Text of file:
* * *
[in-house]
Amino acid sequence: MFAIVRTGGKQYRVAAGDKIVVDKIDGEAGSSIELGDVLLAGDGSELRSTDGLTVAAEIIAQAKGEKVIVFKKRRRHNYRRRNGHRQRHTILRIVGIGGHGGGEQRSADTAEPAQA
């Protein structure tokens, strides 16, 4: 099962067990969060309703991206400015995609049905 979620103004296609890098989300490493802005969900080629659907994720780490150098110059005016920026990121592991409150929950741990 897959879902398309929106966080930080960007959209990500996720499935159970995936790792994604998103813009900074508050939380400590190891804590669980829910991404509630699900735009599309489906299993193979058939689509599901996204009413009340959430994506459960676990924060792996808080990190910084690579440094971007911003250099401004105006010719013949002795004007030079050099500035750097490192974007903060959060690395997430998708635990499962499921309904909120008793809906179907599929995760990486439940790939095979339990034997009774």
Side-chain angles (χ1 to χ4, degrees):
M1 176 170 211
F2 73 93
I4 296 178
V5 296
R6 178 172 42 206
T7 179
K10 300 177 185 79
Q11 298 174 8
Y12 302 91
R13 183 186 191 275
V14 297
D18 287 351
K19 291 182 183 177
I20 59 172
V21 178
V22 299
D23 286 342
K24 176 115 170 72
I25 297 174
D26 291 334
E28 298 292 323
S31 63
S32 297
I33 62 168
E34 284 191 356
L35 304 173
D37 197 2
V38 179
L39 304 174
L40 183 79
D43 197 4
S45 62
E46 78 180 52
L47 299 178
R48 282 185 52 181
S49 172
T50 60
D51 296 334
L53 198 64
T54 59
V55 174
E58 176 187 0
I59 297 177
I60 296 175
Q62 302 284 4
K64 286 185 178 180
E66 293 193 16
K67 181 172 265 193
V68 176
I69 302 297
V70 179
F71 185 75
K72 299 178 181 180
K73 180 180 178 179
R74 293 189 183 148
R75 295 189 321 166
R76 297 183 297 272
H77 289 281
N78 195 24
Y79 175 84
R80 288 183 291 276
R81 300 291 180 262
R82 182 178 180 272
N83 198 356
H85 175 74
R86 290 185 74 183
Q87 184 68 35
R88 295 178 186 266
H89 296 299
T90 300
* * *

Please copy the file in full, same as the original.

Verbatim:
[in-house]
Amino acid sequence: MFAIVRTGGKQYRVAAGDKIVVDKIDGEAGSSIELGDVLLAGDGSELRSTDGLTVAAEIIAQAKGEKVIVFKKRRRHNYRRRNGHRQRHTILRIVGIGGHGGGEQRSADTAEPAQA
């Protein structure tokens, strides 16, 4: 099962067990969060309703991206400015995609049905 979620103004296609890098989300490493802005969900080629659907994720780490150098110059005016920026990121592991409150929950741990 897959879902398309929106966080930080960007959209990500996720499935159970995936790792994604998103813009900074508050939380400590190891804590669980829910991404509630699900735009599309489906299993193979058939689509599901996204009413009340959430994506459960676990924060792996808080990190910084690579440094971007911003250099401004105006010719013949002795004007030079050099500035750097490192974007903060959060690395997430998708635990499962499921309904909120008793809906179907599929995760990486439940790939095979339990034997009774």
Side-chain angles (χ1 to χ4, degrees):
M1 176 170 211
F2 73 93
I4 296 178
V5 296
R6 178 172 42 206
T7 179
K10 300 177 185 79
Q11 298 174 8
Y12 302 91
R13 183 186 191 275
V14 297
D18 287 351
K19 291 182 183 177
I20 59 172
V21 178
V22 299
D23 286 342
K24 176 115 170 72
I25 297 174
D26 291 334
E28 298 292 323
S31 63
S32 297
I33 62 168
E34 284 191 356
L35 304 173
D37 197 2
V38 179
L39 304 174
L40 183 79
D43 197 4
S45 62
E46 78 180 52
L47 299 178
R48 282 185 52 181
S49 172
T50 60
D51 296 334
L53 198 64
T54 59
V55 174
E58 176 187 0
I59 297 177
I60 296 175
Q62 302 284 4
K64 286 185 178 180
E66 293 193 16
K67 181 172 265 193
V68 176
I69 302 297
V70 179
F71 185 75
K72 299 178 181 180
K73 180 180 178 179
R74 293 189 183 148
R75 295 189 321 166
R76 297 183 297 272
H77 289 281
N78 195 24
Y79 175 84
R80 288 183 291 276
R81 300 291 180 262
R82 182 178 180 272
N83 198 356
H85 175 74
R86 290 185 74 183
Q87 184 68 35
R88 295 178 186 266
H89 296 299
T90 300